Dr. Kien Ha, an Ear, Nose and Throat surgeon in Australia, regularly sees patients under eighteen with regards to changing the appearance of their nose, as part of breathing or other functional problems or for purely cosmetic reasons. From his personal perspective, it’s important to bear in mind that the facial skeleton continues to change and mature throughout adolescence.
The age in which facial growth ceases can vary between 16 until the early 20s. Ideally, cosmetic rhinoplasty should be delayed until the surgeon is confident that facial growth has ceased. Operating before this time may affect nasal skeletal maturation, or the nose may continue to change following surgery; leading to an undesirable result. (source)
There are, however, a few exceptions when considering rhinoplasty in a child or young teenager. If a significant nasal bony or cartilage deformity is identified early, correcting this may then allow for normal nasal growth. If surgery is postponed until the child is older, it may result in a greater cosmetic deformity, make surgery much more difficult and you may never be able to achieve an acceptable result.
While plastic surgery may put a stop to some bullying, some family therapists and parenting experts believe that performing a cosmetic procedure on children could send the wrong message to children, and could possibly launch them on an unhealthy path down the future where they focus on pleasing others.
If you change for others, you are living for other people instead of learning to love yourself. The experts acknowledge that there are some extraordinary circumstances in which plastic surgery is necessary, it would seem a better option to celebrate children’s physical quirks and help them grow and expand coping mechanisms.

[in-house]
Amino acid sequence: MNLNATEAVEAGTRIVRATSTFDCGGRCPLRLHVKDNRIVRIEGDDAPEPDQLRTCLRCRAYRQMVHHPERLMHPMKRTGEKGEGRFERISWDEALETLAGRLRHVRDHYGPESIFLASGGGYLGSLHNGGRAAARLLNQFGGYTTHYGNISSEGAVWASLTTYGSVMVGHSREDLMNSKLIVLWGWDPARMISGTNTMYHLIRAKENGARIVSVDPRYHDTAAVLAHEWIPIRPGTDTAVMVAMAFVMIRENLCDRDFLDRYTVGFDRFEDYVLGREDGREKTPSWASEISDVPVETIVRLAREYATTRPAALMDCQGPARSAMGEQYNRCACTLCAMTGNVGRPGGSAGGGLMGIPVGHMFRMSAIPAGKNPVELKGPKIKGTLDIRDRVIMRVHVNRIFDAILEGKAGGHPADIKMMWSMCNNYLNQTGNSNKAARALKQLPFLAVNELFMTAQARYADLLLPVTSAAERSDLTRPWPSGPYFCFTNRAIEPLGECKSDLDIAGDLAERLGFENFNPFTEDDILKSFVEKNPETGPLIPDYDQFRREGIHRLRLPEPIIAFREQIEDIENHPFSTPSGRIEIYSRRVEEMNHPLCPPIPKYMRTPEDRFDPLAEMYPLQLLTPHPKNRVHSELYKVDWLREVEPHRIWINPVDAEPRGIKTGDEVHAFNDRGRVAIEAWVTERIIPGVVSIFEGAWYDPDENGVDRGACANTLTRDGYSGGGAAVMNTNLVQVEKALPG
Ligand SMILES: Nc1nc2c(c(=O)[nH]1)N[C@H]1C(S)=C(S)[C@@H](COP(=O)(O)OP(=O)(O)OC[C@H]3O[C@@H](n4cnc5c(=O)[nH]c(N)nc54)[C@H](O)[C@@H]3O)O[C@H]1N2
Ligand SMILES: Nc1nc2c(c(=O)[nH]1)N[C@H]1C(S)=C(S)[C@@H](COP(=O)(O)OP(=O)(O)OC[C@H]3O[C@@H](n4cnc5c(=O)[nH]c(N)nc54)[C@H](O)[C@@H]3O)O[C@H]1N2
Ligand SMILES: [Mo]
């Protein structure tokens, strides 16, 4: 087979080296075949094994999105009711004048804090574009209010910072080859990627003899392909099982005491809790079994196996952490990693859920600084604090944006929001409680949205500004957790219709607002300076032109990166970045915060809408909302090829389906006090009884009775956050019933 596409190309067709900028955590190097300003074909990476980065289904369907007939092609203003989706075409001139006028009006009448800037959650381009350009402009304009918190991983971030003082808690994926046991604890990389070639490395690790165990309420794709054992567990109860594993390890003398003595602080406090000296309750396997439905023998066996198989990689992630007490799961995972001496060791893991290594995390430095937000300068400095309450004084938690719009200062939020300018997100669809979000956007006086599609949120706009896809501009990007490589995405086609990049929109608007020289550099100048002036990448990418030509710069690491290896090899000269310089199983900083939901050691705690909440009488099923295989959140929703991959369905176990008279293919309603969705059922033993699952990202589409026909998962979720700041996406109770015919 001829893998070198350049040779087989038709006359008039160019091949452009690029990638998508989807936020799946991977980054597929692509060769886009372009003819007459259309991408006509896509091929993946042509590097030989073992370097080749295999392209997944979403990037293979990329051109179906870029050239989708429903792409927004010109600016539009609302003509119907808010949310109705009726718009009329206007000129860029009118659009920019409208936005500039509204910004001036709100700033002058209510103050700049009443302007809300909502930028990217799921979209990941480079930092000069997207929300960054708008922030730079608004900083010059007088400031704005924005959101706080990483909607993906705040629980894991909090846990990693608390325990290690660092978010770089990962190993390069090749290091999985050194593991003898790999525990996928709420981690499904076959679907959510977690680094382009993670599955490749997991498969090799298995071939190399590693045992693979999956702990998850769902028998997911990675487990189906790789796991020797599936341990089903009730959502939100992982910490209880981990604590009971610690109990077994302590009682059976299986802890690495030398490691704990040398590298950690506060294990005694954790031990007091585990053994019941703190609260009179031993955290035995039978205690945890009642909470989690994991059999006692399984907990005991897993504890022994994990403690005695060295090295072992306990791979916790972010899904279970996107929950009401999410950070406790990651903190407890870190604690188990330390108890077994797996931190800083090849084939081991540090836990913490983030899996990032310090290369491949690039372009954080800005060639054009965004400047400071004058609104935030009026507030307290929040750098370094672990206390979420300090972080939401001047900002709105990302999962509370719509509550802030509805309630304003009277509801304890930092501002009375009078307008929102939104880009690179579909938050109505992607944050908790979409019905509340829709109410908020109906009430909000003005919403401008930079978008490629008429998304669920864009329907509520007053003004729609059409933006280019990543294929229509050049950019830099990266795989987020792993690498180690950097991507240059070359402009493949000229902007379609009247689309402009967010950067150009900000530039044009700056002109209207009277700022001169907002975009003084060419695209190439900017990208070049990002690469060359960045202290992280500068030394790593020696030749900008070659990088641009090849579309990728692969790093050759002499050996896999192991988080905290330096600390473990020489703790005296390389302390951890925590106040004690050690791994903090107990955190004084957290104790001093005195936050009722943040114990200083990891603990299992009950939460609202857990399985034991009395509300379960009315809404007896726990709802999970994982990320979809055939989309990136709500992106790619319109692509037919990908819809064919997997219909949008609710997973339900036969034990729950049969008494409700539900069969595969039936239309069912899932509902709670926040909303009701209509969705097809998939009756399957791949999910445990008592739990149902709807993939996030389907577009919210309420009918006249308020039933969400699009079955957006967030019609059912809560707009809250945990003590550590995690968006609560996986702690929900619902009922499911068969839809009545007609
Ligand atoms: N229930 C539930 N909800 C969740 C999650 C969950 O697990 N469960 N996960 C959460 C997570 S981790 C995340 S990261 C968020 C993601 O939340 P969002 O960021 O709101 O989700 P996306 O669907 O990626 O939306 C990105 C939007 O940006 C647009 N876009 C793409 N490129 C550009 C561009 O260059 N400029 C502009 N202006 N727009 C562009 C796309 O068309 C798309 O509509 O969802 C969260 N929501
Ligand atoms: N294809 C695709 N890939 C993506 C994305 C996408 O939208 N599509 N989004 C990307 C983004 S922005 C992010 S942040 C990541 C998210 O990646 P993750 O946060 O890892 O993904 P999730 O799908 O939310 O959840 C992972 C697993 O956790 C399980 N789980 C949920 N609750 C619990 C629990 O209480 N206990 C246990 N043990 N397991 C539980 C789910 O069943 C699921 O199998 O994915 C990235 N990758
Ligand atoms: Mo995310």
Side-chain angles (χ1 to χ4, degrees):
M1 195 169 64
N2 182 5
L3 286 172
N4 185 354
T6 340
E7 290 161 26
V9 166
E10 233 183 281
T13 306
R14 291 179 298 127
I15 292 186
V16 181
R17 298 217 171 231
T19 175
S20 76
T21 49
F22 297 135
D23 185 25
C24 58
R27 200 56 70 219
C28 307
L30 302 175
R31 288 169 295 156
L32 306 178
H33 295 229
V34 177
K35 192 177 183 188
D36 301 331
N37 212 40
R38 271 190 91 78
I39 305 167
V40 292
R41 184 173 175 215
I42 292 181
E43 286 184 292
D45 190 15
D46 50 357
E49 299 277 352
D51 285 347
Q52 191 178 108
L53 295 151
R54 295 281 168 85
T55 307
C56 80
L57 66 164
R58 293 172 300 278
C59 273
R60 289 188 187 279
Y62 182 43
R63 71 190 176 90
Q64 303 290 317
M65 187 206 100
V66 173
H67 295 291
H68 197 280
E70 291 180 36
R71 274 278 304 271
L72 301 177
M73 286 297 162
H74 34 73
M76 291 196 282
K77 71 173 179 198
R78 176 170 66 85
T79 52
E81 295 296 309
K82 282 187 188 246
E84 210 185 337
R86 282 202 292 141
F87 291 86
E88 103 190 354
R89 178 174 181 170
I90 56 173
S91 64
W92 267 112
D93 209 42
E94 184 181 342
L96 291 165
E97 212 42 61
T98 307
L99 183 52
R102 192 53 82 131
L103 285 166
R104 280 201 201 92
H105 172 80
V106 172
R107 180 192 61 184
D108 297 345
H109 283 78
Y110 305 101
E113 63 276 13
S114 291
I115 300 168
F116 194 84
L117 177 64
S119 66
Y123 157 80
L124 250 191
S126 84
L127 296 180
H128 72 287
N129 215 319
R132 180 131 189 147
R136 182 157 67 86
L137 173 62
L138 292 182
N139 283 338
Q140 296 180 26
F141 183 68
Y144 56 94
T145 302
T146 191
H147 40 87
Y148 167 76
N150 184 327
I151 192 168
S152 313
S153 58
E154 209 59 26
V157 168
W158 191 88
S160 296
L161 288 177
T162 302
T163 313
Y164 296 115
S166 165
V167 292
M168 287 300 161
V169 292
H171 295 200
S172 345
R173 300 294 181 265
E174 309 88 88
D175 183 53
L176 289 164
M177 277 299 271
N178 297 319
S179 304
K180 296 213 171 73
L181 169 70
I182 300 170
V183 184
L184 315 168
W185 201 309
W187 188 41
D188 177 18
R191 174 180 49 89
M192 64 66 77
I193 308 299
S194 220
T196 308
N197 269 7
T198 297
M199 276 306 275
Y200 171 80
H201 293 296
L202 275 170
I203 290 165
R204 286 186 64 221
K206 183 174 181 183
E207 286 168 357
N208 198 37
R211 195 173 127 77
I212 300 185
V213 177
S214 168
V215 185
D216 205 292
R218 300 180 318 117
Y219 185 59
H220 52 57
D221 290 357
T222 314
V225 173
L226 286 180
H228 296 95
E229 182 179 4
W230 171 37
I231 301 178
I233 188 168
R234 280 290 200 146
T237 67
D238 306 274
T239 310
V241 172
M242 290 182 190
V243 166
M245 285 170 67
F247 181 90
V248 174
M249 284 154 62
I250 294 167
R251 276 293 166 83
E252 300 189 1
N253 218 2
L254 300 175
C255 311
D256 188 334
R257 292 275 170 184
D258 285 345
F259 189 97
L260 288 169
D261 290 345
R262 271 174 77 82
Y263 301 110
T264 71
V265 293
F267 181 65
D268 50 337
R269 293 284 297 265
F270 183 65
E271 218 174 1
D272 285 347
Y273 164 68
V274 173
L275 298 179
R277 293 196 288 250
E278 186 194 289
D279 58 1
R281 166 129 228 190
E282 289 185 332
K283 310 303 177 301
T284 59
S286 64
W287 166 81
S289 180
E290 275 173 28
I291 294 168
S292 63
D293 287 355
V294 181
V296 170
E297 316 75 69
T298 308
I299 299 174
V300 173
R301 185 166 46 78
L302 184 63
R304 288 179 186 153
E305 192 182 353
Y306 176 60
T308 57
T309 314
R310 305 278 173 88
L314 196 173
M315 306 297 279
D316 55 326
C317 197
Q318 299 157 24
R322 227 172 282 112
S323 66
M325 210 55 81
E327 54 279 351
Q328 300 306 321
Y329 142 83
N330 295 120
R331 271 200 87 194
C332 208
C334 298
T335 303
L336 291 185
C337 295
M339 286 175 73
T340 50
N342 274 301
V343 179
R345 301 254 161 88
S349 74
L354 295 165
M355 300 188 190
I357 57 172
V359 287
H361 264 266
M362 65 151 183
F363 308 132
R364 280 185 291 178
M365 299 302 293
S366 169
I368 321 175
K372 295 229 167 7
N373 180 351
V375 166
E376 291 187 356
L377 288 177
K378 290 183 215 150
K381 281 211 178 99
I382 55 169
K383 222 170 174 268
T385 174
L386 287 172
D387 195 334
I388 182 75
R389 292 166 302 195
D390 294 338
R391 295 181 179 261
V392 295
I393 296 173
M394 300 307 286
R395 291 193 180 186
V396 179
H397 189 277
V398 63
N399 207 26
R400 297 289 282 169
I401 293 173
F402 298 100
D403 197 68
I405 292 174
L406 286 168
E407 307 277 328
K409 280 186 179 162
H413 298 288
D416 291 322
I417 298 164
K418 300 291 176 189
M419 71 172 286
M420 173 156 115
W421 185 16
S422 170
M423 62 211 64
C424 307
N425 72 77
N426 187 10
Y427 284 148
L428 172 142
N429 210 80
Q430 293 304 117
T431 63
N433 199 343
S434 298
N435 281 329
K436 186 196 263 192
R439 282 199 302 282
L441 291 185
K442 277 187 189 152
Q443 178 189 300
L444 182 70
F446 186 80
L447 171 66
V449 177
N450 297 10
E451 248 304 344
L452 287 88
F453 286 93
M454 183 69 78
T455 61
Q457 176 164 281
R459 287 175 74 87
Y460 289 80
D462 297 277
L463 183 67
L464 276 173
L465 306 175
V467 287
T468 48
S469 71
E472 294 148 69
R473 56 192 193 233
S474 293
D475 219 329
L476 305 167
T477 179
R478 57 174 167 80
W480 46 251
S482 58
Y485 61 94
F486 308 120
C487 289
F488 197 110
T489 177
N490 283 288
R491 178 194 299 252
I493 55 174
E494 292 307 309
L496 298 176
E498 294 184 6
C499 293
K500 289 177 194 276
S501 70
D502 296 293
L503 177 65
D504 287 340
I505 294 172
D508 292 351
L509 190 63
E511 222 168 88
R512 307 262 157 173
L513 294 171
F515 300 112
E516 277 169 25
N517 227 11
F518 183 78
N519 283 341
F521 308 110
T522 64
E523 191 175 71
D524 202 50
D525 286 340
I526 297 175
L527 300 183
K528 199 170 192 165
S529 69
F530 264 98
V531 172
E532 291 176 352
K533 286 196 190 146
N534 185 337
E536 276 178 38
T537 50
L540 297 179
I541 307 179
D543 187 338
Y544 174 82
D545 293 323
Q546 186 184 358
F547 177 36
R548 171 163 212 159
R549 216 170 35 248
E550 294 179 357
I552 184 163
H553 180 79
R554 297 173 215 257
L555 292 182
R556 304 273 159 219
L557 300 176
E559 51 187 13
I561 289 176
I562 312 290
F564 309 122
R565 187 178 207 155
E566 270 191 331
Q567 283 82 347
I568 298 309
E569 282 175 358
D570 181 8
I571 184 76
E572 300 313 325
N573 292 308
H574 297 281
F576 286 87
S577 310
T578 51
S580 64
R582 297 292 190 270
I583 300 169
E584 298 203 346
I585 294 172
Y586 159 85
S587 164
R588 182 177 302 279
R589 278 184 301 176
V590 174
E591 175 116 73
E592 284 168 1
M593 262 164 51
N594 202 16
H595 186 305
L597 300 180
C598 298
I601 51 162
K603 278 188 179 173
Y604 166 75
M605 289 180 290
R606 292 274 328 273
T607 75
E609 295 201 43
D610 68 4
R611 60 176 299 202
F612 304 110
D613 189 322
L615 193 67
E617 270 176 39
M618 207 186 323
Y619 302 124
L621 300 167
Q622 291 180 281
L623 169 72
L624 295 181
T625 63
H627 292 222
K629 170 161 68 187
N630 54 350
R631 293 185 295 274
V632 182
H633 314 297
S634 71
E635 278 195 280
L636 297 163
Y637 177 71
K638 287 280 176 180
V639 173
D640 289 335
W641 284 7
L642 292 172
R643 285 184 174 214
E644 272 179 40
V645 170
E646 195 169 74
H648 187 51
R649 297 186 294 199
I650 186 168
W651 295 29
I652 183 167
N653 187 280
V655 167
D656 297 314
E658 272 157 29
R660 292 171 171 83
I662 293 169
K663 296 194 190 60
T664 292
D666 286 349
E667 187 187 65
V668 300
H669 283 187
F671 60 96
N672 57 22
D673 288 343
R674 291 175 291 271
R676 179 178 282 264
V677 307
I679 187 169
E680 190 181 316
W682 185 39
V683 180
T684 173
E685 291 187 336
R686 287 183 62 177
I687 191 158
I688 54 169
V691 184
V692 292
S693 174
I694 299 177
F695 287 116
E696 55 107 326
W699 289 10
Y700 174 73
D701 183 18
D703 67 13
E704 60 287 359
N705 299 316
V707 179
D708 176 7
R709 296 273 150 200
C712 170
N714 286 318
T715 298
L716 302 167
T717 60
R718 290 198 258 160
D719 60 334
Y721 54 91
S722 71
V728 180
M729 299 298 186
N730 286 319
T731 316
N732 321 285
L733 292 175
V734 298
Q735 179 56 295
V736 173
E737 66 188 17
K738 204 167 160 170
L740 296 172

Resorting to cosmetic procedures to change your physical appearance when you’re still young might send a troubling message to children, where they believe that they are not only responsible for their own bullying, and that they are the ones that need to change in order for the bullying to stop, instead of placing responsibility on the perpetrators. By placing the burden to change on the victim, instead of the bully or bullies themselves, it’s possible that we’re setting up the children who cannot change themselves up for a lifetime of internalized hatred and self-loathing.
As adults, we should not be trying to erase these children’s differences, but to protect at-risk children from being bullied and hurt by their peers. It’s important that we teach all kids to respect diversity in all its forms, and teaching them it’s never okay to tease and attack kids that are different from them.
A lot of children that have gone under the knife report that they are happier than they’ve ever been post-surgery, and have experienced a complete change in attitude. While we should definitely be happy and cheer when a child finds their own confidence and self-acceptance, we must remember that some happy endings come with heavy prices, and it won’t be the bullies paying for them.